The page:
Paolo et al. report the first successful use of CRISPR/Cas9 in the New World Screwworm fly, Cochliomyia hominivorax (C. hominivorax), a parasite of warm blooded animals including humans, as well as a CRISPR/Cas9 protocol for the Australian sheep blowfly, Lucilia cuprina (L. cuprina).
The eradication of the New World Screwworm fly from North America is the first application of sterile insect technique (SIT) and is one of the great entomological success stories. Current production and release of sterile males at the COPEG facility, a collaboration between the Unites States Department of Agriculture (USDA) and the Panama Ministry of Agriculture and Livestock (MIDA) is used to prevent reestablishment of C. hominivorax from South America.
Lucilia cuprina, which causes flystrike, is a major pest for livestock (sheep) in Australia, and causes significant losses in the agricultural industry. In contrast to C. hominivorax, vector control strategies are limited to pesticide and preventative wool shearing or surgery on livestock.
Paulo et al. first targeted the yellow (ChY) gene in C. hominivorax. The authors hypothesized that ChY loss of function would create a non-lethal brown body phenotype, creating an easy phenotype to score.
For C. hominivorax, early syncytial embryos were injected using a high concentration of Cas9 (500ng/uL) and 2 sgRNAs targeting opposite strands. The pre-complexed RNPs were injected into embryos, resulting in 13.6 % survival and a 68.4% mutagenesis rate (9 males and 17 females) among the survivors. 2/9 founder crossings resulted in viable eggs, indicating germline tissue damage during development.
The mutated allele sequences showed a diversity of indels, with nearly a third of the sequences containing large deletions. An inbred line was maintained for over 15 generations, demonstrating that the CRISPR induced mutations were stable. Paulo et al. later used a lower concentration of Cas9 (360ng/uL), and found increased survival of injected embryos to adults (16.9% to 9.5%) but lower mutagenesis rate (55.6% to 73.7%) compared to the high Cas9 concentration (500ng/uL). Additionally, a higher frequency of germline mutations was reported with the higher Cas9 concentration. While they conclude a high concentration of Cas9 is more effective in generating mutations, high Cas9 concentrations lowered survival. Therefore, Paulo et al. suggest using an intermediate concentration of 400ng/uL for most targets unless the marker is autosomal recessive.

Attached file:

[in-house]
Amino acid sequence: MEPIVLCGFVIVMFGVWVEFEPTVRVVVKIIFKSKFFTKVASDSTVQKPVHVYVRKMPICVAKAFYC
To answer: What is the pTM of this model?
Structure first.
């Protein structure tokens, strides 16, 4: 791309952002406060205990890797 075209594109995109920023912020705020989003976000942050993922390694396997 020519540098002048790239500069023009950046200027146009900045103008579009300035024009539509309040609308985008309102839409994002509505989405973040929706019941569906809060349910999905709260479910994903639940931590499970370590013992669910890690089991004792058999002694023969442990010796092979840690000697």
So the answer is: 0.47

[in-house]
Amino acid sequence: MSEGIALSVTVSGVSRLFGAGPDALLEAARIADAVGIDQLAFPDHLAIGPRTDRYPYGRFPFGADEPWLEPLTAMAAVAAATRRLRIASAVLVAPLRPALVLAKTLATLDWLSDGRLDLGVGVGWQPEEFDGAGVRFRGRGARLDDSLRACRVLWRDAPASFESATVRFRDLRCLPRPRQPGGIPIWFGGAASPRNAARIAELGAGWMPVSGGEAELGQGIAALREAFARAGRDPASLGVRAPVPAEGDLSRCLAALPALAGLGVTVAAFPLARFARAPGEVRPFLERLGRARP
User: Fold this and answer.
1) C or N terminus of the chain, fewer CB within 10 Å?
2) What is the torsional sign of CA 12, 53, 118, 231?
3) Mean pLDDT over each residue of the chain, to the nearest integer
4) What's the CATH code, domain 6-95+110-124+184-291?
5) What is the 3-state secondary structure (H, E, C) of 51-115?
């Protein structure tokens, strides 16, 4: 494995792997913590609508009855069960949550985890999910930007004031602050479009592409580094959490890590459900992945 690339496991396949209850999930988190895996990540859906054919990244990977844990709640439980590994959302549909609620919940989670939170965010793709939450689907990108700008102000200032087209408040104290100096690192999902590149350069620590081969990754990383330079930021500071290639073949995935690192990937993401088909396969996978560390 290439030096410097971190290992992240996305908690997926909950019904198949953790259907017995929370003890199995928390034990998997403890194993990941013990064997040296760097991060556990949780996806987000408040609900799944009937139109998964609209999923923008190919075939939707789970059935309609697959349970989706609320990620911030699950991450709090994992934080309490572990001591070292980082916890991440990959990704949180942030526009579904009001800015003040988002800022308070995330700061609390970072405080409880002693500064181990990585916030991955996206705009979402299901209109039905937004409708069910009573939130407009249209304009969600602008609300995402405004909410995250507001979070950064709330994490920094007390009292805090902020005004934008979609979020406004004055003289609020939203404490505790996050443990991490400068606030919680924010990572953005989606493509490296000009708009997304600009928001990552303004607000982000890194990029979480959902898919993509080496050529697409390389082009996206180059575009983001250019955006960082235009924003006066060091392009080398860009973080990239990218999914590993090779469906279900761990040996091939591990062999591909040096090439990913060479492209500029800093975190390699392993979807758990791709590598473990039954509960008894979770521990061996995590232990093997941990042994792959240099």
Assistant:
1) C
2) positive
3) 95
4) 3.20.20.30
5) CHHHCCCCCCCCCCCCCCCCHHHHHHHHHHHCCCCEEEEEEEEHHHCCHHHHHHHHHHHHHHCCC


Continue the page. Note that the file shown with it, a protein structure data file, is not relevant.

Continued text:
Paulo et al. next attempted to target the yellow gene in L. cuprina (LcY), first with injecting sgRNAs (Lc-Y-sgRNAs 1 and 2) and Cas9 mRNA. Even though the mutations were recessive, through interbreeding G0 adults, they were able to identify individuals with brown bodies. Indels associated with the cut site of sgRNA 1 but none with sgRNA 2 were found. From the generated mutants, Paulo et al. established two mutant lines, one of which, the LcY1B strain was used to compare Cas9 protein efficiency with Cas9 mRNA.
To test the mutagenic efficiency of injecting Cas9 protein in L. cuprina embryos, Paulo et al. injected Cas9 protein with the efficient sgRNA 1 from earlier, into wt-LcY1B heterozygous embryos. The heterozygotes were used to increase the frequency of visible phenotypes. They conclude that Cas9 RNP injection is an efficient method in generating mutations in L. cuprina.
The transformer gene (tra) is an attractive target gene for SIT using genetic sexing technology. Tra transcripts are sex-specifically spliced. Inhibition of tra through dsRNA or RNAi leads to transformation of females to males in many Diptera species, including L. cuprina.
Using their CRISPR protocol developed for C. hominivorax, Paulo et al. target the exon-1-intron-1 boundary region. They report 9.2% survival, phenotypically normal males, and intersexual phenotypes in 60% of the females. These intersexual phenotypes include partial to fully transformed ovipositors to male genitalia and abnormal reproductive tissues. A mutagenesis rate of 72.7% was reported from CrispRVariants analysis. They report that the observed phenotypes match RNAi data for a closely related species, confirming that CRISPR targeting of tra could be used for C. hominivorax.
The development of CRISPR protocols in the New World Screwworm fly and Australian sheep blowfly will be of significant value for researchers trying to develop novel and perhaps more cost effective vector control strategies for these two species. Additionally, gene function investigations can now be initiated for these fly species.